Infinity Pool (Review)

⭐⭐⭐ (Good)

Director: Brandon Cronenberg
Starring: Alexander Skarsgard, Mia Goth, Cleopatra Coleman, Jalil Lespert, Thomas Kretschmann  
Certificate: 18
Run Time: 118 mins

Infinity Pool is a sci-fi horror written and directed by Brandon Cronenberg. The film is centred around a struggling writer, James Foster (Alexander Skarsgård) who is on holiday at a resort in the fictional country of Li Tolqa with his wife Em (Cleopatra Coleman). The super-exclusive resort is isolated from the rest of the country with a barbed wire fence, security guards patrolling its perimeter. Wealthy tourists are shuttled to and from the airport. 

James and Em’s relationship is clearly strained, until Gabi (Mia Goth) approaches him and professes her love for his only novel published six years prior. Joined by Gabi’s husband Alban (Jalil Lespert), the four share dinner together and rent a car the next day to explore the countryside and head to a remote beach. After a drunken day out, James drives the group back and hits a native citizen. He is arrested and soon discovers the country’s eye-for-an-eye outlook on crime.  

For the first forty minutes, Infinity Pool looked to be film of the year – an endlessly atmospheric, tense exploration of the human psyche and failed careers. It has a nightmarish quality to it with a satirical edge. There is then a plot point that introduces the theme of the doppelgänger, changing the film’s direction, which I didn’t fully get on board with. That is until the last half an hour or so with an electrifying standoff between passengers in a bus and a group that box them in and the film rip-roars to the end. The score by Tim Hecker is eerily effective and full of portent and the film is disorienting shot by Karim Hussain, an early montage of the resort shot at tilted angles is particularly breathtaking.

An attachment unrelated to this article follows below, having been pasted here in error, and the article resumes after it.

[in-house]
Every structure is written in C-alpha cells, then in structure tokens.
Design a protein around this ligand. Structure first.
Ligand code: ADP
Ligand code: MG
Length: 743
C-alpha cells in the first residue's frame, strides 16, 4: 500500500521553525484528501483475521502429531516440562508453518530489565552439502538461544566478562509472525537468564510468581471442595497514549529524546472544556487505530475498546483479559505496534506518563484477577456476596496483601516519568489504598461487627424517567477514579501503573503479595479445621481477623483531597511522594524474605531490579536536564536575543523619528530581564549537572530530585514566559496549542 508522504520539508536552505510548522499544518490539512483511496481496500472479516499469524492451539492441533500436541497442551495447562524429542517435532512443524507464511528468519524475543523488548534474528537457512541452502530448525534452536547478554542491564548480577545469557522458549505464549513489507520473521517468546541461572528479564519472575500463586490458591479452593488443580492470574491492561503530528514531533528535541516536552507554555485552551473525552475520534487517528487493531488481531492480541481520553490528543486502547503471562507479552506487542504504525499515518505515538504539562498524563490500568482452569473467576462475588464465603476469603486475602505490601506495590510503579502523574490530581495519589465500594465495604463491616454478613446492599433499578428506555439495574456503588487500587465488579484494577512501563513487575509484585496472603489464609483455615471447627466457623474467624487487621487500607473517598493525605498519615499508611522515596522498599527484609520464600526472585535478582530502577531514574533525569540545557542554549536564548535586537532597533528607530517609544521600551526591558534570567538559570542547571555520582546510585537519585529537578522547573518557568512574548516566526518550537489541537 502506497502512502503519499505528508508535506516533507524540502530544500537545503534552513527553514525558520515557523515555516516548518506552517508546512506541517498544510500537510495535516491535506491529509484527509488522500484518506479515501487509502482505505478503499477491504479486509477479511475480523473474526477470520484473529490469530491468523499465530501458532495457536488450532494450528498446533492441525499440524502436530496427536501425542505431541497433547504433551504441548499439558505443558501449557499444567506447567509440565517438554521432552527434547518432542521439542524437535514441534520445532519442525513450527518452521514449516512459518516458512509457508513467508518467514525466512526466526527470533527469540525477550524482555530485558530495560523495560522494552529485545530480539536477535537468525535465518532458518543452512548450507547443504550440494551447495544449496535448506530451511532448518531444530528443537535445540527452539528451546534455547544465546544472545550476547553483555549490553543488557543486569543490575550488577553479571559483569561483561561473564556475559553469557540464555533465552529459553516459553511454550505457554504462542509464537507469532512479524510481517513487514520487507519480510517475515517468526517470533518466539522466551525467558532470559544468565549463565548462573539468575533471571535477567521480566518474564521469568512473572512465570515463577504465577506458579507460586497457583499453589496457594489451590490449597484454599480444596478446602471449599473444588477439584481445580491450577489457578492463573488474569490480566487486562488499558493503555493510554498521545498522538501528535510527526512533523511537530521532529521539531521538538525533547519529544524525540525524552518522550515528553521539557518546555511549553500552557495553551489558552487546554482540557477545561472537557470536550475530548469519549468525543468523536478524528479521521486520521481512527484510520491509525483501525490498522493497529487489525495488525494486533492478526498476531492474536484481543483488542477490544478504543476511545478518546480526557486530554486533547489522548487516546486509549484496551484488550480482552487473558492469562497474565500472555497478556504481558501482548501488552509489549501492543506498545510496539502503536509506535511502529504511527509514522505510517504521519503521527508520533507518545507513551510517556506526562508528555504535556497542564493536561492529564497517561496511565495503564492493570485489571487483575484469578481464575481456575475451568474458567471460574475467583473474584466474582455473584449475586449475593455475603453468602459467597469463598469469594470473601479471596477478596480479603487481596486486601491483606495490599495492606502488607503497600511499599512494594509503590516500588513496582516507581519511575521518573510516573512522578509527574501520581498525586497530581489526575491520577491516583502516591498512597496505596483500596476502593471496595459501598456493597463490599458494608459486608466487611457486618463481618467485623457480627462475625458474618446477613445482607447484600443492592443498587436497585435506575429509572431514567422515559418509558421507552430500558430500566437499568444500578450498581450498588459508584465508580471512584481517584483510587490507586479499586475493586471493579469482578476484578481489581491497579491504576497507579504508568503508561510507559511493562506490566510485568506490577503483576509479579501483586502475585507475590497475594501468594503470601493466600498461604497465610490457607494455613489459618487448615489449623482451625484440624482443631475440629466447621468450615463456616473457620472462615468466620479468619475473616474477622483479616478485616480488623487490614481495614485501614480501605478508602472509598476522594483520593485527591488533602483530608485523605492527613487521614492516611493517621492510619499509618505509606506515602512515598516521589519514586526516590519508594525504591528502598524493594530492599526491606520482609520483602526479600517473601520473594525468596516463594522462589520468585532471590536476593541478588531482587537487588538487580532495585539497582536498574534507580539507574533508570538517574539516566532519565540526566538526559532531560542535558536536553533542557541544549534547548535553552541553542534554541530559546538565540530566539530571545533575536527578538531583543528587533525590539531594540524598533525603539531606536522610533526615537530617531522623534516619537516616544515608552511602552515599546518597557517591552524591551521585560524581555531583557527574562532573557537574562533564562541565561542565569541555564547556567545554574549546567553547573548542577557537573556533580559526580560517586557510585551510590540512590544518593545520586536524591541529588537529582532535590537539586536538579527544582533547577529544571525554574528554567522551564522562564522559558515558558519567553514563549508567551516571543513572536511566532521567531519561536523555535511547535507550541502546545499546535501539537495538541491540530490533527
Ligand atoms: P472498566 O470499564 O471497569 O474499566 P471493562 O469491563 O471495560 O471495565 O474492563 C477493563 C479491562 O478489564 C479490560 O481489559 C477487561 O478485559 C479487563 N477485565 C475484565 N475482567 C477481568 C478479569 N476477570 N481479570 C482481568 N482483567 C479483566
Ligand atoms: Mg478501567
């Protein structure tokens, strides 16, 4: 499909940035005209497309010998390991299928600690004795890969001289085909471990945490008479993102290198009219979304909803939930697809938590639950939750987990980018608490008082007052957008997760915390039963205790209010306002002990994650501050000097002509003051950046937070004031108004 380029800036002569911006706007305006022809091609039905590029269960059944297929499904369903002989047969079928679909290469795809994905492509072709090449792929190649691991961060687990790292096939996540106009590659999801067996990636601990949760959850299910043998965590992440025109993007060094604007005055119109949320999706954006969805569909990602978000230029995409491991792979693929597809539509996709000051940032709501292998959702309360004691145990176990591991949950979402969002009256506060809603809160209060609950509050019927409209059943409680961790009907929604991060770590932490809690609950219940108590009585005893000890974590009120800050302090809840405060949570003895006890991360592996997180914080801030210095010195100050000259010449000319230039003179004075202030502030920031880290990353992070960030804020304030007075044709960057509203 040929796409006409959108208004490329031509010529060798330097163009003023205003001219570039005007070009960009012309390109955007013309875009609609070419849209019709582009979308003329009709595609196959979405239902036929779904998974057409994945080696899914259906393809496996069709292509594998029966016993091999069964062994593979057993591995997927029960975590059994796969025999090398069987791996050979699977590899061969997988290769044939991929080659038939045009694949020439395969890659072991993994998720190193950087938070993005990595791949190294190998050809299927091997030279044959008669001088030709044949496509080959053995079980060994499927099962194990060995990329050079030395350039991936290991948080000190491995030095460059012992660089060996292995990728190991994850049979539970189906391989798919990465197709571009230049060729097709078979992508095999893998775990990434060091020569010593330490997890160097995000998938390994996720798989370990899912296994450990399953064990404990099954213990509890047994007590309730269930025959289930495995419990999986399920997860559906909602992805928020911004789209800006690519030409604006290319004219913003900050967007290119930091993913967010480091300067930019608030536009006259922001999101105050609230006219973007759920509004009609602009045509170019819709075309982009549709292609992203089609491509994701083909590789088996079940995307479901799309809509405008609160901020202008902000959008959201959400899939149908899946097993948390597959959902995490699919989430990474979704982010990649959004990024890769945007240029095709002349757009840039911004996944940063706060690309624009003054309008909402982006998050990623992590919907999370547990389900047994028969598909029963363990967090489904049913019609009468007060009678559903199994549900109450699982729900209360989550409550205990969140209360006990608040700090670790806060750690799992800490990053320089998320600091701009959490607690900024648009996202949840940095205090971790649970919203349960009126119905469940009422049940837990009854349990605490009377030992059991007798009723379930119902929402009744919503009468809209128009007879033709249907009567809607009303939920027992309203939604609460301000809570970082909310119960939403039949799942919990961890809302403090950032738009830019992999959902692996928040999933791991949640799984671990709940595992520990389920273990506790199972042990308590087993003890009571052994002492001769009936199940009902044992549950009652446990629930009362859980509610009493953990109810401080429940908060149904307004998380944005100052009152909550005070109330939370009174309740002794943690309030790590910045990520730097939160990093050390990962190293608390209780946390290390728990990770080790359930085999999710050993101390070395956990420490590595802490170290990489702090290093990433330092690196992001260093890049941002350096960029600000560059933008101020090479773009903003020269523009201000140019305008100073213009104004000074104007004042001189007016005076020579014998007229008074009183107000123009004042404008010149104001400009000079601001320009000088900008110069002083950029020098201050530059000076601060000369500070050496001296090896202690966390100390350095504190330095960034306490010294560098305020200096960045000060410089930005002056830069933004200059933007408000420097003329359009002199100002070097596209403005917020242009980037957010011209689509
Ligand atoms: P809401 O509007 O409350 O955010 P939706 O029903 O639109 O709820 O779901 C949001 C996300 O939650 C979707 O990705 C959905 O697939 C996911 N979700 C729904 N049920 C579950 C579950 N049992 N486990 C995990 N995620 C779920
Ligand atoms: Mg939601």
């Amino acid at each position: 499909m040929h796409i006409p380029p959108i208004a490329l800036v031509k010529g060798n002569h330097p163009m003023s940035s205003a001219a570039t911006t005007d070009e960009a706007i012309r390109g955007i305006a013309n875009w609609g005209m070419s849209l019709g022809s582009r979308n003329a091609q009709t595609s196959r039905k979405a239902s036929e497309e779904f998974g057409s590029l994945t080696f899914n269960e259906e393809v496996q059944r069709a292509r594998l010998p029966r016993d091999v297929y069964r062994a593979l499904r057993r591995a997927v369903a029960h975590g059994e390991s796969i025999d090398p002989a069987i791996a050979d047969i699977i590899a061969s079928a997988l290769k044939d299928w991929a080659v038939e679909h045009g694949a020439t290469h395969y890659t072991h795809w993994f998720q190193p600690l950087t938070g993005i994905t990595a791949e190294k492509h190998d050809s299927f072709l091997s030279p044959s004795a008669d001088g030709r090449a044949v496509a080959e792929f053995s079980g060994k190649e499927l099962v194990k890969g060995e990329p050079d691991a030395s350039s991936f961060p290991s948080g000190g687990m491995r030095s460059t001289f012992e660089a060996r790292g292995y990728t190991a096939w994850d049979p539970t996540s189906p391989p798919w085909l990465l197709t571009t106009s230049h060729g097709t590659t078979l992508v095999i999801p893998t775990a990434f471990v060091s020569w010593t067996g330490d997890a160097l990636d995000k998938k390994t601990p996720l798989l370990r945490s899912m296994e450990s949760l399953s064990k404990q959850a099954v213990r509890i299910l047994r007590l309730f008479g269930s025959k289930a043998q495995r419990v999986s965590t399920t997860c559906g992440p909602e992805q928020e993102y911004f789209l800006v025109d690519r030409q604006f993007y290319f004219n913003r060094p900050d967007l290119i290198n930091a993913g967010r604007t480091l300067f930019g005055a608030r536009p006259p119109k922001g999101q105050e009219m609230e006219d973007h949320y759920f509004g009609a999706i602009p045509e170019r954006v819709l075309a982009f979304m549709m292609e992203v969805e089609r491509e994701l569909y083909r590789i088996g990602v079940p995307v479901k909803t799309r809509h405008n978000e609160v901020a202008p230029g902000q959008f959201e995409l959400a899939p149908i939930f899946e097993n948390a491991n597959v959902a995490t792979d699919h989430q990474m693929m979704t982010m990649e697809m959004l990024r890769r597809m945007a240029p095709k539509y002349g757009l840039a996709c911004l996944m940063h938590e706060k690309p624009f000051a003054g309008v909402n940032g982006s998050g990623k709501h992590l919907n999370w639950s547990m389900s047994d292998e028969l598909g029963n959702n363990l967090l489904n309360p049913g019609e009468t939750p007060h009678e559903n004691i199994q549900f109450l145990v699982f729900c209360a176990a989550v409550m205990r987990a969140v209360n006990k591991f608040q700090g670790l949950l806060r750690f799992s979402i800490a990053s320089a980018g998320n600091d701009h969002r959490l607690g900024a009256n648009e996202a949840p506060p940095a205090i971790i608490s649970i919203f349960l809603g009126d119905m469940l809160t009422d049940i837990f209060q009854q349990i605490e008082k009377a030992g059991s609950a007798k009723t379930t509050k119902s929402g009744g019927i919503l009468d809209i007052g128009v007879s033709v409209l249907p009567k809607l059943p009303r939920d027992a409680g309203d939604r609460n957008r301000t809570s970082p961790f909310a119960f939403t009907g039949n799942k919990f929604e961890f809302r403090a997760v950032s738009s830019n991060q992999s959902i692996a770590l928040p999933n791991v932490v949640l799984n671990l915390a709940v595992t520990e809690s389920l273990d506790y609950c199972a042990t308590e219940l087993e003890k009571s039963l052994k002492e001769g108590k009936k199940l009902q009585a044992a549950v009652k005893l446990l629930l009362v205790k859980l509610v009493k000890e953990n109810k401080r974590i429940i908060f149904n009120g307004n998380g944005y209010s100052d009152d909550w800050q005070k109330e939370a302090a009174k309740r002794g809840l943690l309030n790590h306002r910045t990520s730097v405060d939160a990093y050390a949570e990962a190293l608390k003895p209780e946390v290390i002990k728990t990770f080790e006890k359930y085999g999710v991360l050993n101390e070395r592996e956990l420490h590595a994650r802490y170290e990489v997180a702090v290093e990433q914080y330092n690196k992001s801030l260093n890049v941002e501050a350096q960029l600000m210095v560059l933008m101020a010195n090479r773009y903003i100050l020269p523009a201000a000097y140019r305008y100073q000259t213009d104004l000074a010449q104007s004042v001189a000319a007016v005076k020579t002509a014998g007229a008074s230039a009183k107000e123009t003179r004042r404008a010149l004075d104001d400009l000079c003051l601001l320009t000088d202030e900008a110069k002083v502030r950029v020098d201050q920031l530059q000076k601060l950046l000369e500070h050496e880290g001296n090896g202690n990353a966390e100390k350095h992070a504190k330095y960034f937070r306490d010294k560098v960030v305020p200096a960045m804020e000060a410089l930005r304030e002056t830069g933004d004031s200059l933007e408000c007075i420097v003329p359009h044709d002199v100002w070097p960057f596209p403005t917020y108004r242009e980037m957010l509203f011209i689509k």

There’s certainly a ton to admire in Infinity Pool but it doesn’t fully work as Cronenberg’s ideas aren’t fully-fledged. The class satire isn’t fully explored, nor is the idea of the double fully clear in its execution. Cronenberg certainly crafts some arresting images though and the film has a suitably hallucinogenic quality. 

Although I’ve been critical of Alexander Skarsgård in the past, his aloof and wooden acting style really suits the role here. Much has been touted of Mia Goth’s performance and along with her performance in Pearl (finally released in the UK last week), she continues to cement herself as one of the best horror actresses of her time. Cleopatra Coleman is also excellent as Em, who struggles to fully integrate with the other tourists’ way of life and Jalil Lespert makes for a slimy, charismatic screen presence. Another highlight is Thomas Krestchmann as a sadistic yet cooly calculated detective. 

Although Infinity Pool doesn’t fully work with its muddled storytelling, Cronenberg’s ambition is to be admired. This is a fierce piece of work, with many standout images that are etched into my brain and memorable performances to boot. If Cronenberg can sustain his style and develop his storytelling, he will be a very exciting filmmaker. 

⭐⭐⭐ (Good)


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